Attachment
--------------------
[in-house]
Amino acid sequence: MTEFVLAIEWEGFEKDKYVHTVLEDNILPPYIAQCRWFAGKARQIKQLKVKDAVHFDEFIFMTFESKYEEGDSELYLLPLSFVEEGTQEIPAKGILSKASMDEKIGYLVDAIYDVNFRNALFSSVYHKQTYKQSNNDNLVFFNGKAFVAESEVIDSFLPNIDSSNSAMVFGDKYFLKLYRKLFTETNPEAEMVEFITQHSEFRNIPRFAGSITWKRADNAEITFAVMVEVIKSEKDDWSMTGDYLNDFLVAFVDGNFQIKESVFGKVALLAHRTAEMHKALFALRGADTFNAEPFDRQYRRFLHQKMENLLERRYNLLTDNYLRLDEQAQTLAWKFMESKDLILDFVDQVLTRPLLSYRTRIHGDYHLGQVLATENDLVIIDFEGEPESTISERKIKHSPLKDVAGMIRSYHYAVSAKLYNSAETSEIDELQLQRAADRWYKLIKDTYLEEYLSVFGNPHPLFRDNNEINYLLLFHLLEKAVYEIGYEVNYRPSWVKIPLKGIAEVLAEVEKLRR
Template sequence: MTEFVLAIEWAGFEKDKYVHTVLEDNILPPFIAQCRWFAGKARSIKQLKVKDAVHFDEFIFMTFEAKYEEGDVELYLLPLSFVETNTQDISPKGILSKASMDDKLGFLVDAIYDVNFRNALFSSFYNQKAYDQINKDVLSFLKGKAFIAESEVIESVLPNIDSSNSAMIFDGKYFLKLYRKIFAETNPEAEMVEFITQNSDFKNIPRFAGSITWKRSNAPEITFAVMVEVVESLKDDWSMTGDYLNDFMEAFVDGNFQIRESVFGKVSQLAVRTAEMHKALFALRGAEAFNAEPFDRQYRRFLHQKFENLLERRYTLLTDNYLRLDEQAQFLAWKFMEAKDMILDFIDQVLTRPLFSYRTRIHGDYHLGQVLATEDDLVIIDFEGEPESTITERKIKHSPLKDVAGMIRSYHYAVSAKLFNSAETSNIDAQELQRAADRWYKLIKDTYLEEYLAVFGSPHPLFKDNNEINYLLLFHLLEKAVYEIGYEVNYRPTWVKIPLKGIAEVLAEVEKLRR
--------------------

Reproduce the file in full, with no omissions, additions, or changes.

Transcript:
[in-house]
Amino acid sequence: MTEFVLAIEWEGFEKDKYVHTVLEDNILPPYIAQCRWFAGKARQIKQLKVKDAVHFDEFIFMTFESKYEEGDSELYLLPLSFVEEGTQEIPAKGILSKASMDEKIGYLVDAIYDVNFRNALFSSVYHKQTYKQSNNDNLVFFNGKAFVAESEVIDSFLPNIDSSNSAMVFGDKYFLKLYRKLFTETNPEAEMVEFITQHSEFRNIPRFAGSITWKRADNAEITFAVMVEVIKSEKDDWSMTGDYLNDFLVAFVDGNFQIKESVFGKVALLAHRTAEMHKALFALRGADTFNAEPFDRQYRRFLHQKMENLLERRYNLLTDNYLRLDEQAQTLAWKFMESKDLILDFVDQVLTRPLLSYRTRIHGDYHLGQVLATENDLVIIDFEGEPESTISERKIKHSPLKDVAGMIRSYHYAVSAKLYNSAETSEIDELQLQRAADRWYKLIKDTYLEEYLSVFGNPHPLFRDNNEINYLLLFHLLEKAVYEIGYEVNYRPSWVKIPLKGIAEVLAEVEKLRR
Template sequence: MTEFVLAIEWAGFEKDKYVHTVLEDNILPPFIAQCRWFAGKARSIKQLKVKDAVHFDEFIFMTFEAKYEEGDVELYLLPLSFVETNTQDISPKGILSKASMDDKLGFLVDAIYDVNFRNALFSSFYNQKAYDQINKDVLSFLKGKAFIAESEVIESVLPNIDSSNSAMIFDGKYFLKLYRKIFAETNPEAEMVEFITQNSDFKNIPRFAGSITWKRSNAPEITFAVMVEVVESLKDDWSMTGDYLNDFMEAFVDGNFQIRESVFGKVSQLAVRTAEMHKALFALRGAEAFNAEPFDRQYRRFLHQKFENLLERRYTLLTDNYLRLDEQAQFLAWKFMEAKDMILDFIDQVLTRPLFSYRTRIHGDYHLGQVLATEDDLVIIDFEGEPESTITERKIKHSPLKDVAGMIRSYHYAVSAKLFNSAETSNIDAQELQRAADRWYKLIKDTYLEEYLAVFGSPHPLFKDNNEINYLLLFHLLEKAVYEIGYEVNYRPTWVKIPLKGIAEVLAEVEKLRR